The 1991 Legislative Council election marked the beginning of Hong Kong’s long and bumpy road toward true democracy.
Since then, the achievement of universal suffrage has become the common goal of the people of this city.
However, despite the fact that Articles 45 and 68 of the Basic Law clearly stipulate that our chief executive and Legco will eventually be elected through universal suffrage, both Beijing and the Hong Kong government have been dragging their feet in delivering on this promise during the 19 years since the handover.
Worse still, Beijing went back on its word by announcing the so-called 831 resolution in 2014, which in effect disenfranchises the people of Hong Kong in the 2017 election for the chief executive and the 2020 Legco election.
And the democratization process in our city basically ground to an indefinite halt after Legco vetoed the government’s electoral reform proposal one year ago.
Deeply frustrated and completely disillusioned about the Basic Law and “one country, two systems”, many people in this city, especially the young social activists arising from the Occupy movement, have started to take their future back into their own hands.
While the moderate wing of these young social activists, often dubbed the “paratroopers”, mounted a full court press in the district council elections last year and pulled off some impressive upsets, the radical wing has been quickly drawn to nativism and even separatism.
In the meantime, some have given up fighting for immediate universal suffrage and set their sights on pushing for a referendum in 2047 to let the people of Hong Kong decide their own future.
In fact, discontent with and disaffection toward the government among the public have been mounting rapidly since the Occupy movement and are reaching the tipping point.
With no hope of casting their votes in the election for the chief executive in the foreseeable future, many people in this city see the Legco and district council elections as their last remaining pressure relief valves.
Failure to ensure that these elections are held in a free and fair manner might lead to a surge of public anger and social unrest that could destabilize the entire society.
The role of the Electoral Affairs Commission (EAC), which is charged with overseeing and managing our elections to make sure they are free, transparent and fair, has become more important than ever.
Unfortunately, under the leadership of chairman Barnabas Fung Wah, the EAC has failed to fulfill its role as the “referee” of our elections.
Fung has not only done a poor job in providing oversight of our elections but has also compromised the impartiality of the commission by publicly showing favor to pro-Beijing candidates and applying a double standard when it comes to enforcing election rules.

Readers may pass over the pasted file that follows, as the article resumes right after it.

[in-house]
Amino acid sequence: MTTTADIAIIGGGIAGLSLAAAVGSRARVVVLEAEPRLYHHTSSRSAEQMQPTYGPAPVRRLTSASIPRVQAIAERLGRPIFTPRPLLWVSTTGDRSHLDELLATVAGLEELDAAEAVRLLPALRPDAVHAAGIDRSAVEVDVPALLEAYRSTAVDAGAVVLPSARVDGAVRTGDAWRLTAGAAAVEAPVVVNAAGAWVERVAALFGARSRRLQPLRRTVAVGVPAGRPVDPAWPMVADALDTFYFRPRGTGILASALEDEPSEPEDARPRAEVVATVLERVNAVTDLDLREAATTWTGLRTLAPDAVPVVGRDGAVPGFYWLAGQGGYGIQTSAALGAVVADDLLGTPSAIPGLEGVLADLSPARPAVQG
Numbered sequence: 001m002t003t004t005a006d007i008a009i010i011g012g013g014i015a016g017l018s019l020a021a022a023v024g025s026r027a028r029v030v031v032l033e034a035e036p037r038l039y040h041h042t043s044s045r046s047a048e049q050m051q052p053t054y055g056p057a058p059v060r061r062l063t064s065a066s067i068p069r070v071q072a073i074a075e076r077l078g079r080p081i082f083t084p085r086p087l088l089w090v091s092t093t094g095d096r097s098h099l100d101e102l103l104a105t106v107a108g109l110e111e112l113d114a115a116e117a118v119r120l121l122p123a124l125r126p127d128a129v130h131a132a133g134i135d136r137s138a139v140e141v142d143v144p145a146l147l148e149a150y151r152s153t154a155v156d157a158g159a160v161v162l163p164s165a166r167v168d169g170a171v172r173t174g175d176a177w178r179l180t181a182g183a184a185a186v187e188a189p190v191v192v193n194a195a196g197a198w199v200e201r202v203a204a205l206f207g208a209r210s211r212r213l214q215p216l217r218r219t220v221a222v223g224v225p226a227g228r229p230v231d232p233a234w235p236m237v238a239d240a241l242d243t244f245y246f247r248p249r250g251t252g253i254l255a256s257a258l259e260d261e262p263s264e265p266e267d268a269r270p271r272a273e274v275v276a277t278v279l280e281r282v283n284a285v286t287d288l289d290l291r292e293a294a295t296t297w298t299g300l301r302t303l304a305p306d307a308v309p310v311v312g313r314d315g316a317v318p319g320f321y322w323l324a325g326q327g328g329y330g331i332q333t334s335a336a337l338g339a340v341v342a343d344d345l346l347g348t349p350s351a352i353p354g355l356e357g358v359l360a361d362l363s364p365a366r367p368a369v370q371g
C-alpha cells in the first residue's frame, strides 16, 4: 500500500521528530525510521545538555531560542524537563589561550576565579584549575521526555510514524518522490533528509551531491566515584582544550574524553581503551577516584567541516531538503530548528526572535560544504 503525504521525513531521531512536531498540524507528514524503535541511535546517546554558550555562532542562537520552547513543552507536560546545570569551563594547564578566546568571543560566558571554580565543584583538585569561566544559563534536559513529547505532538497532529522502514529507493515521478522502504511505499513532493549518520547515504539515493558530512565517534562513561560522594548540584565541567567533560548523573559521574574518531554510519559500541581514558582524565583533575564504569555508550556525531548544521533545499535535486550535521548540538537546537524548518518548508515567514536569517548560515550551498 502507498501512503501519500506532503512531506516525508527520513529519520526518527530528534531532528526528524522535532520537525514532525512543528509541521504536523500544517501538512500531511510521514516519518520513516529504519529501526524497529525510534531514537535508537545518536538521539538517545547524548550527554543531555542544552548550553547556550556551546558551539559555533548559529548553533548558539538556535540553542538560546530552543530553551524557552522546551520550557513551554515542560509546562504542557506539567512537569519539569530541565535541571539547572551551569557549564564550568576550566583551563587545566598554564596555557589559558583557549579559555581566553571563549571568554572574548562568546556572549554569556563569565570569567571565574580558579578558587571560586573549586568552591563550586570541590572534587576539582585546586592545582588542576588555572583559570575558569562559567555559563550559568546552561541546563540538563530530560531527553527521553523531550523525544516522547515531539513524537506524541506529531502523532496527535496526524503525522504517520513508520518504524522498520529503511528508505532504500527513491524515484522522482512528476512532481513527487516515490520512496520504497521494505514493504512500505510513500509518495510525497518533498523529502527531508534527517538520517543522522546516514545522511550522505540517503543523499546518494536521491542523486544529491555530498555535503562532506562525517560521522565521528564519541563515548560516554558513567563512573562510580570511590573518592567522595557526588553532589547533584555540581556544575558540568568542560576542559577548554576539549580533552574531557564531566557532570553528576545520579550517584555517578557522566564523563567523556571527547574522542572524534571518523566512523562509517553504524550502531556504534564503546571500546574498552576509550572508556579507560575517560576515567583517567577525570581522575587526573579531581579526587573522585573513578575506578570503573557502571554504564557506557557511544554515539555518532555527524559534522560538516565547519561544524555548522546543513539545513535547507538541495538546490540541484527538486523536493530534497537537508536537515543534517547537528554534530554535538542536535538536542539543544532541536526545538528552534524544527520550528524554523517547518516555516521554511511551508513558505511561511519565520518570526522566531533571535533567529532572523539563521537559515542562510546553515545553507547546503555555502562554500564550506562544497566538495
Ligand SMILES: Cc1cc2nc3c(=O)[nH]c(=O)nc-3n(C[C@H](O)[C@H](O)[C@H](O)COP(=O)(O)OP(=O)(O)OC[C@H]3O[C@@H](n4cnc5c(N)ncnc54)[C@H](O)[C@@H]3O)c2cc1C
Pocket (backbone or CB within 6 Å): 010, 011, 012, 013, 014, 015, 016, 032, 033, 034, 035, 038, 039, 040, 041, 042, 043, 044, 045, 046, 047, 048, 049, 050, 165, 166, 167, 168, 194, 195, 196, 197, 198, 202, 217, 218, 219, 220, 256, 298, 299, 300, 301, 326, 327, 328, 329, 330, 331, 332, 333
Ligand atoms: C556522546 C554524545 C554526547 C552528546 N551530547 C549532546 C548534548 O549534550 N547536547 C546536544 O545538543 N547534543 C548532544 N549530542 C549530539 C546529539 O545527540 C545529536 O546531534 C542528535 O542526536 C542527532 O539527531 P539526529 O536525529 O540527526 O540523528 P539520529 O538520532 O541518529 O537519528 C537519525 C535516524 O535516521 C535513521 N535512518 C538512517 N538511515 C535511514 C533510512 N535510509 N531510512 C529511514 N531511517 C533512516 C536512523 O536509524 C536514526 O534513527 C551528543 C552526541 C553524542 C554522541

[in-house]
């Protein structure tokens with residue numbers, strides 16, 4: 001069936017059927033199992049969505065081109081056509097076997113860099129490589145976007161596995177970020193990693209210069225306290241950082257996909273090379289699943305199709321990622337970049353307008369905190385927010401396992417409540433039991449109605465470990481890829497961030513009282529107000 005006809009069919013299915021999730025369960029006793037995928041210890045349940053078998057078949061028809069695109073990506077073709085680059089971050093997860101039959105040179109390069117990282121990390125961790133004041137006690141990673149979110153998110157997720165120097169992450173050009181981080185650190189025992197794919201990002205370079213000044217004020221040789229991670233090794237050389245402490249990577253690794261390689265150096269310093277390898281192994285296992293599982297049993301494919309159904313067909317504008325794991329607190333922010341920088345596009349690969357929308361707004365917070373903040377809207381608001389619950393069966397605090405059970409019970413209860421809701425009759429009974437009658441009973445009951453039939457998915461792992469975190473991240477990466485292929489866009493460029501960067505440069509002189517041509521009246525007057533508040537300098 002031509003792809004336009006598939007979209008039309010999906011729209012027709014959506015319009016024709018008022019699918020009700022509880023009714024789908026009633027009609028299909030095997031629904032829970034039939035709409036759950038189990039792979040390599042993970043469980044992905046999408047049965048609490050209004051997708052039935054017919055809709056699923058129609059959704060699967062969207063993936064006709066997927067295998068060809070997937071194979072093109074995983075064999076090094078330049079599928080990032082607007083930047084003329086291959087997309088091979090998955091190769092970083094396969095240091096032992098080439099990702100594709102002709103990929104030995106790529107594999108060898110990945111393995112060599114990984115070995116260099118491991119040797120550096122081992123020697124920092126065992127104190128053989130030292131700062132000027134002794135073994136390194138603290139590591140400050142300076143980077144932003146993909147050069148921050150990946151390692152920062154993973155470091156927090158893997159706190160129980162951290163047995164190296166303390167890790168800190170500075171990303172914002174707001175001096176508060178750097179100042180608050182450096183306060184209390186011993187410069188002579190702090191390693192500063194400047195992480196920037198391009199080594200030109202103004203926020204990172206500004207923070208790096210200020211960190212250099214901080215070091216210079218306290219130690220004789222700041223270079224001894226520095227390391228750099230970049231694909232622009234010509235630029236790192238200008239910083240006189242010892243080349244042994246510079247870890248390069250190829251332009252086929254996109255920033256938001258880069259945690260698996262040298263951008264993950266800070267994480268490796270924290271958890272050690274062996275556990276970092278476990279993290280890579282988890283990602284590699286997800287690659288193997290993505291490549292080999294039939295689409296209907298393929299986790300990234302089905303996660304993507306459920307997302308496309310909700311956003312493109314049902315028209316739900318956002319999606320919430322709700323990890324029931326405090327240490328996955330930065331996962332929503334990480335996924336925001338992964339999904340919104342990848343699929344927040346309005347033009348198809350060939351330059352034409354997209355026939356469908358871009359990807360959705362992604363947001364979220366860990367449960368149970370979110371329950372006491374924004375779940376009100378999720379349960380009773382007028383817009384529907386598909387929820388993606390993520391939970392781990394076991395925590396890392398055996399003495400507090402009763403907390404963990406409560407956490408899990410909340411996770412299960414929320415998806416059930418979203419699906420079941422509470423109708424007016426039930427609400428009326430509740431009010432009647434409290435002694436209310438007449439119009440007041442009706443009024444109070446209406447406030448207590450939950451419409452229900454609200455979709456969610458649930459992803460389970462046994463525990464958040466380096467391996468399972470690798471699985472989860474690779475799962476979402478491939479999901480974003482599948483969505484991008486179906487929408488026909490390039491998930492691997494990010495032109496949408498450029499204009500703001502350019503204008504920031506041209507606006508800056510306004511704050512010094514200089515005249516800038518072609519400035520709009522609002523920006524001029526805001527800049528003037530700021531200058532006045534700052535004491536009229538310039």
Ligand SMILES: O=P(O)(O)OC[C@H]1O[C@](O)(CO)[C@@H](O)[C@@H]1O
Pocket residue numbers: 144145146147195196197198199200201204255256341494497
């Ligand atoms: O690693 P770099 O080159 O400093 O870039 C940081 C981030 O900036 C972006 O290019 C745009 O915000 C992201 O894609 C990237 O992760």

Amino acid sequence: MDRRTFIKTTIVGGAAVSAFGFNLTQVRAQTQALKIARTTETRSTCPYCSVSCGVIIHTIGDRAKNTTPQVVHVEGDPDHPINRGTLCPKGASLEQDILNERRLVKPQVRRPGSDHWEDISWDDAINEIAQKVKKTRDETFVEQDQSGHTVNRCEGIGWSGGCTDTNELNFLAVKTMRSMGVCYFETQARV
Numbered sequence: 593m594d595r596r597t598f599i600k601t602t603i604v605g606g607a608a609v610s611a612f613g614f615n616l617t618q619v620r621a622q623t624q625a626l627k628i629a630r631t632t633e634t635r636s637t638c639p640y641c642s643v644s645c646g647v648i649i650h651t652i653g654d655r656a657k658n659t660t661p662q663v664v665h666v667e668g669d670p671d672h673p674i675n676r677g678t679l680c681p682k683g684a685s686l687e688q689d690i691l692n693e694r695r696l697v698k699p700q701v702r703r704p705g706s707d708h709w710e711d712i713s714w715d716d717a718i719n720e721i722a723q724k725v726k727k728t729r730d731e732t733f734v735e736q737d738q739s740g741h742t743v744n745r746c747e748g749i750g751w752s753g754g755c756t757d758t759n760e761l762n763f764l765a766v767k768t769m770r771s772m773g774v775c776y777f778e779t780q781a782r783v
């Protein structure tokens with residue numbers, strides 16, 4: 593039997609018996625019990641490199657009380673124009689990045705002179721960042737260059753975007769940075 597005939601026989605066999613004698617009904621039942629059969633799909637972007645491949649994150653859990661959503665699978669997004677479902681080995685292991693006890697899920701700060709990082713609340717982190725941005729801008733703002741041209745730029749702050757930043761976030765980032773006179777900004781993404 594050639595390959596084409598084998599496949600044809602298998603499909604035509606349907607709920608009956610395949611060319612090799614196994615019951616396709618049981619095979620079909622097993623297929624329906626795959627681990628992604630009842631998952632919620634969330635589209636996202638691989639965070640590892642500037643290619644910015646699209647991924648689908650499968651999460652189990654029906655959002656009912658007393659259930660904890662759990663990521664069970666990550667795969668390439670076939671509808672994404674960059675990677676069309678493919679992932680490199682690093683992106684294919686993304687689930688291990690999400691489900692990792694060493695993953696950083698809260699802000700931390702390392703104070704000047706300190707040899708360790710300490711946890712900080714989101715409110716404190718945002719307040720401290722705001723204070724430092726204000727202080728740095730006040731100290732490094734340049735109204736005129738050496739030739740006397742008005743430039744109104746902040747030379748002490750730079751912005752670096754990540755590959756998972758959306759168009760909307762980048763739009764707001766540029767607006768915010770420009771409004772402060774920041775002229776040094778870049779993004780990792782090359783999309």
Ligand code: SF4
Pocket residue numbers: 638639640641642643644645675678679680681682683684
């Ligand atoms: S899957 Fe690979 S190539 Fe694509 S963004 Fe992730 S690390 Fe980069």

For example, shortly after the Legco by-election in February, several netizens who had posted messages on their Facebook pages rooting for Edward Leung Tin-kei, the candidate representing the Hong Kong Indigenous party, were brought under investigation by the Independent Commission Against Corruption for suspected election fraud.
However, even Fung himself, supposedly the highest authority on election laws, wasn’t 100 percent sure and remained equivocal over whether social media messages posted by individual internet users showing support for a particular candidate should be counted as election advertising.
In other words, the ICAC were launching an investigation against netizens supporting radical candidates in the absence of conclusive evidence and sufficient legal grounds.
Apparently, what the ICAC was trying to do was to create a fait accompli, with the acquiescence of Fung, in presuming that social media messages are considered election advertisements — a proposition that remains in dispute — so as to intimidate anti-establishment netizens.
However, when Christopher Chung Shu-kun, the renegade lawmaker representing the Democratic Alliance for the Betterment and Progress of Hong Kong, dropped a political bombshell by revealing that the results for the Hong Kong Island constituency in the last Legco election were rigged because his party was secretly “coordinating” votes with the Hong Kong Federation of Trade Unions on election day, an act that constituted a violation of the Election Ordinance, Fung just looked the other way.
The fact that Fung blatantly applies a double standard by enforcing election rules in favour of the pro-establishment camp has taken its toll on the credibility of the EAC among the public, raising doubts about whether the commission can continue to oversee elections impartially in future.
As a matter of fact, both the administration and the EAC are simply digging their own graves by blatantly and openly taking sides with the pro-establishment camp.
It is because the more unfair our elections become, the more people will get disillusioned about the entire political system and drawn to extremism or even violence, and in the end, it will be all of society that pays the price.
This article appeared in the Hong Kong Economic Journal on June 17.
Translation by Alan Lee
[Chinese version 中文版]
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